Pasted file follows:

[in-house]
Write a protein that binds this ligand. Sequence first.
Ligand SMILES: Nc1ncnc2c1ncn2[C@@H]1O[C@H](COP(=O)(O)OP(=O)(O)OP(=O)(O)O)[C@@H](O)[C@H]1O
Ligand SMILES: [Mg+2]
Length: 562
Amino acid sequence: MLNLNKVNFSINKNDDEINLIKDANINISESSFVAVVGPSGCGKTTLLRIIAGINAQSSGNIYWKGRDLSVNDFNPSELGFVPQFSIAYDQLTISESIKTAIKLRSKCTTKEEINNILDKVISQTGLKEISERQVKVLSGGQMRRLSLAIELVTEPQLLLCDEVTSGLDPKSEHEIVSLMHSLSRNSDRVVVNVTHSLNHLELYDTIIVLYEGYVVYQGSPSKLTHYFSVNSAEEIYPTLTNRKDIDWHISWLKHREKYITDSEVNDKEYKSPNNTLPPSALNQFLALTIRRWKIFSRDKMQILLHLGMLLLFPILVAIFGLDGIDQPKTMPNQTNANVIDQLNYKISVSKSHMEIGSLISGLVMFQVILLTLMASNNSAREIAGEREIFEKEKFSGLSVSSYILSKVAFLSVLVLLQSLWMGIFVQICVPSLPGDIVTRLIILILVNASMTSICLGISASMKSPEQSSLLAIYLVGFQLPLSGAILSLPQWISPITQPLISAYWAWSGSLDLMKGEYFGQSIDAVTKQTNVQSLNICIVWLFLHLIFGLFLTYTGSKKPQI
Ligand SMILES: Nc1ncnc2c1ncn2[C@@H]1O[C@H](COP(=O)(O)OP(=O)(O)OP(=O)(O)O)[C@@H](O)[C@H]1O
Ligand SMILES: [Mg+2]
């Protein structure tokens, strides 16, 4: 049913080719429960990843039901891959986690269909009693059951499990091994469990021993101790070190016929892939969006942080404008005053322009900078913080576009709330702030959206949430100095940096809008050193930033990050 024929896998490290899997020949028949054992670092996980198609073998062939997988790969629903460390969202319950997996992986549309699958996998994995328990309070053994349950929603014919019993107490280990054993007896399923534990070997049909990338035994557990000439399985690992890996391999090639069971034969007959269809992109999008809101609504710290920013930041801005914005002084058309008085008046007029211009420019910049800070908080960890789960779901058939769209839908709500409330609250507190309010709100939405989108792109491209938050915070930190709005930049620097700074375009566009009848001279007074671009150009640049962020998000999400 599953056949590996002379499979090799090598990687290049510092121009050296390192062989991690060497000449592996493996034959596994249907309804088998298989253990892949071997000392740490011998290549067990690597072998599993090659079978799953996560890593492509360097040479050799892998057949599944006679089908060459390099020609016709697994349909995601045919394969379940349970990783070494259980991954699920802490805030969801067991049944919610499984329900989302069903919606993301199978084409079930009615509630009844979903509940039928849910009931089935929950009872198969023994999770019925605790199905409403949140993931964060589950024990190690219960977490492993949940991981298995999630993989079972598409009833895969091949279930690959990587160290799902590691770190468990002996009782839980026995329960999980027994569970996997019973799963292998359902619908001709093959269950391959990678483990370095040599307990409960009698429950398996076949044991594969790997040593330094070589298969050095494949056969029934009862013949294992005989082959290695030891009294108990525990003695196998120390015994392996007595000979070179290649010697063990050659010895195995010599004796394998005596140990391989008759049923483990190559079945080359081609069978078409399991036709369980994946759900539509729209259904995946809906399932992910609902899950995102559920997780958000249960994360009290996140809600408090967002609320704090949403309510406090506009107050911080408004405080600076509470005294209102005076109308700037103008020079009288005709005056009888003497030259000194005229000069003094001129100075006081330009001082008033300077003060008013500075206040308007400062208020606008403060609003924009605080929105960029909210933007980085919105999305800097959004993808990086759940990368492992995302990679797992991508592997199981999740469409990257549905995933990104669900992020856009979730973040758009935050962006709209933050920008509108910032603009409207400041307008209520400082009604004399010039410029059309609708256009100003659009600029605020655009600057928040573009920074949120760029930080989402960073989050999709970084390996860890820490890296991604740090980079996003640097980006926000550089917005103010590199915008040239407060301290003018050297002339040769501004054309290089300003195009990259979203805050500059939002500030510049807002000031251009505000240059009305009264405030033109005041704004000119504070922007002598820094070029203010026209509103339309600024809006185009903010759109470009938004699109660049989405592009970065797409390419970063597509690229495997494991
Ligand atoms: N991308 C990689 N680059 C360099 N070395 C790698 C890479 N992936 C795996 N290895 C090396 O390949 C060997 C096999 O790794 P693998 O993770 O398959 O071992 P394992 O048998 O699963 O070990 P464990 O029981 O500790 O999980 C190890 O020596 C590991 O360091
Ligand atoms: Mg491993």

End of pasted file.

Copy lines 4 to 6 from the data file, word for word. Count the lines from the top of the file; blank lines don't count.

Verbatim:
Ligand SMILES: [Mg+2]
Length: 562
Amino acid sequence: MLNLNKVNFSINKNDDEINLIKDANINISESSFVAVVGPSGCGKTTLLRIIAGINAQSSGNIYWKGRDLSVNDFNPSELGFVPQFSIAYDQLTISESIKTAIKLRSKCTTKEEINNILDKVISQTGLKEISERQVKVLSGGQMRRLSLAIELVTEPQLLLCDEVTSGLDPKSEHEIVSLMHSLSRNSDRVVVNVTHSLNHLELYDTIIVLYEGYVVYQGSPSKLTHYFSVNSAEEIYPTLTNRKDIDWHISWLKHREKYITDSEVNDKEYKSPNNTLPPSALNQFLALTIRRWKIFSRDKMQILLHLGMLLLFPILVAIFGLDGIDQPKTMPNQTNANVIDQLNYKISVSKSHMEIGSLISGLVMFQVILLTLMASNNSAREIAGEREIFEKEKFSGLSVSSYILSKVAFLSVLVLLQSLWMGIFVQICVPSLPGDIVTRLIILILVNASMTSICLGISASMKSPEQSSLLAIYLVGFQLPLSGAILSLPQWISPITQPLISAYWAWSGSLDLMKGEYFGQSIDAVTKQTNVQSLNICIVWLFLHLIFGLFLTYTGSKKPQI